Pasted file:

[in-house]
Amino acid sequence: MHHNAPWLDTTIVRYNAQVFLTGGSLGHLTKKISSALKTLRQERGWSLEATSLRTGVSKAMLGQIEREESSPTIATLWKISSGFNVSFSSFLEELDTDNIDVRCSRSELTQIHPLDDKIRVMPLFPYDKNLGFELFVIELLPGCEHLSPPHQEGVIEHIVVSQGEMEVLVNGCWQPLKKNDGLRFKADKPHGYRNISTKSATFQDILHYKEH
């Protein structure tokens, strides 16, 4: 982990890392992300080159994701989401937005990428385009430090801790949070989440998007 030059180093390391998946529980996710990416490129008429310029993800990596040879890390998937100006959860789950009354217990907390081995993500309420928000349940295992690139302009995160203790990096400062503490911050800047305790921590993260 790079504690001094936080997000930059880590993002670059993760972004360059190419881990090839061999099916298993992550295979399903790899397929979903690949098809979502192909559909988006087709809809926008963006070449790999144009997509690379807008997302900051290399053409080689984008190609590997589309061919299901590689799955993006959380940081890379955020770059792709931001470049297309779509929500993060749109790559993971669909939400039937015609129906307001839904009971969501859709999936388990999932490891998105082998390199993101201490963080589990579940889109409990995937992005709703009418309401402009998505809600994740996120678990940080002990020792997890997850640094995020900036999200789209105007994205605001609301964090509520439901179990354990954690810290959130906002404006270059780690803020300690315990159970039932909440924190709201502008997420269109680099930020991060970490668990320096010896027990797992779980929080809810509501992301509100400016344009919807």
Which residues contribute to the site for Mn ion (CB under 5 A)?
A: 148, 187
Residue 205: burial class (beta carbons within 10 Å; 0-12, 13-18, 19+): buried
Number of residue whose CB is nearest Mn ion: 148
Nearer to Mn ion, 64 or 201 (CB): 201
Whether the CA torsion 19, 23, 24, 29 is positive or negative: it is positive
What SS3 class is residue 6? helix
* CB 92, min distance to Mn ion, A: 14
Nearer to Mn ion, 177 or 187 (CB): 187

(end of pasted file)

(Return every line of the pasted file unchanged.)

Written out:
[in-house]
Amino acid sequence: MHHNAPWLDTTIVRYNAQVFLTGGSLGHLTKKISSALKTLRQERGWSLEATSLRTGVSKAMLGQIEREESSPTIATLWKISSGFNVSFSSFLEELDTDNIDVRCSRSELTQIHPLDDKIRVMPLFPYDKNLGFELFVIELLPGCEHLSPPHQEGVIEHIVVSQGEMEVLVNGCWQPLKKNDGLRFKADKPHGYRNISTKSATFQDILHYKEH
């Protein structure tokens, strides 16, 4: 982990890392992300080159994701989401937005990428385009430090801790949070989440998007 030059180093390391998946529980996710990416490129008429310029993800990596040879890390998937100006959860789950009354217990907390081995993500309420928000349940295992690139302009995160203790990096400062503490911050800047305790921590993260 790079504690001094936080997000930059880590993002670059993760972004360059190419881990090839061999099916298993992550295979399903790899397929979903690949098809979502192909559909988006087709809809926008963006070449790999144009997509690379807008997302900051290399053409080689984008190609590997589309061919299901590689799955993006959380940081890379955020770059792709931001470049297309779509929500993060749109790559993971669909939400039937015609129906307001839904009971969501859709999936388990999932490891998105082998390199993101201490963080589990579940889109409990995937992005709703009418309401402009998505809600994740996120678990940080002990020792997890997850640094995020900036999200789209105007994205605001609301964090509520439901179990354990954690810290959130906002404006270059780690803020300690315990159970039932909440924190709201502008997420269109680099930020991060970490668990320096010896027990797992779980929080809810509501992301509100400016344009919807």
Which residues contribute to the site for Mn ion (CB under 5 A)?
A: 148, 187
Residue 205: burial class (beta carbons within 10 Å; 0-12, 13-18, 19+): buried
Number of residue whose CB is nearest Mn ion: 148
Nearer to Mn ion, 64 or 201 (CB): 201
Whether the CA torsion 19, 23, 24, 29 is positive or negative: it is positive
What SS3 class is residue 6? helix
* CB 92, min distance to Mn ion, A: 14
Nearer to Mn ion, 177 or 187 (CB): 187